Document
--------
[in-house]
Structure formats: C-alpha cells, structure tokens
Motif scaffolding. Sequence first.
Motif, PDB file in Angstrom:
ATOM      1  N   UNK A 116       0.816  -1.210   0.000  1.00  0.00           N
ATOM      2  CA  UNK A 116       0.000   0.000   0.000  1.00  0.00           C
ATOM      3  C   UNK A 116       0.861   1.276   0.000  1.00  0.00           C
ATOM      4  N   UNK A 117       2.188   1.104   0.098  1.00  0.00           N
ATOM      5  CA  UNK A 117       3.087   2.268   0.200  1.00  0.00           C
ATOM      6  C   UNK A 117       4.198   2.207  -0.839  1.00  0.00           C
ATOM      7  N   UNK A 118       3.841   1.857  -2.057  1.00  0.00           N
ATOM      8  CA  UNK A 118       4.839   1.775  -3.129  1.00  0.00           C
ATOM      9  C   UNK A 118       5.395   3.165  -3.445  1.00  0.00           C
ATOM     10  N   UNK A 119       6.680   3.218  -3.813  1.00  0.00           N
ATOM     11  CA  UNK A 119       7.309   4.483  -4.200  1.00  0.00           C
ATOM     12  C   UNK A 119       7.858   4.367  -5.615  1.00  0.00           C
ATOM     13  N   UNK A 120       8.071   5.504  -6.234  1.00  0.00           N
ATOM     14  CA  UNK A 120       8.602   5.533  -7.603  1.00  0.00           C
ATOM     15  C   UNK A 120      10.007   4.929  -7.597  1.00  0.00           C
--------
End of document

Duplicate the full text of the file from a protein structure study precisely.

[in-house]
Structure formats: C-alpha cells, structure tokens
Motif scaffolding. Sequence first.
Motif, PDB file in Angstrom:
ATOM      1  N   UNK A 116       0.816  -1.210   0.000  1.00  0.00           N
ATOM      2  CA  UNK A 116       0.000   0.000   0.000  1.00  0.00           C
ATOM      3  C   UNK A 116       0.861   1.276   0.000  1.00  0.00           C
ATOM      4  N   UNK A 117       2.188   1.104   0.098  1.00  0.00           N
ATOM      5  CA  UNK A 117       3.087   2.268   0.200  1.00  0.00           C
ATOM      6  C   UNK A 117       4.198   2.207  -0.839  1.00  0.00           C
ATOM      7  N   UNK A 118       3.841   1.857  -2.057  1.00  0.00           N
ATOM      8  CA  UNK A 118       4.839   1.775  -3.129  1.00  0.00           C
ATOM      9  C   UNK A 118       5.395   3.165  -3.445  1.00  0.00           C
ATOM     10  N   UNK A 119       6.680   3.218  -3.813  1.00  0.00           N
ATOM     11  CA  UNK A 119       7.309   4.483  -4.200  1.00  0.00           C
ATOM     12  C   UNK A 119       7.858   4.367  -5.615  1.00  0.00           C
ATOM     13  N   UNK A 120       8.071   5.504  -6.234  1.00  0.00           N
ATOM     14  CA  UNK A 120       8.602   5.533  -7.603  1.00  0.00           C
ATOM     15  C   UNK A 120      10.007   4.929  -7.597  1.00  0.00           C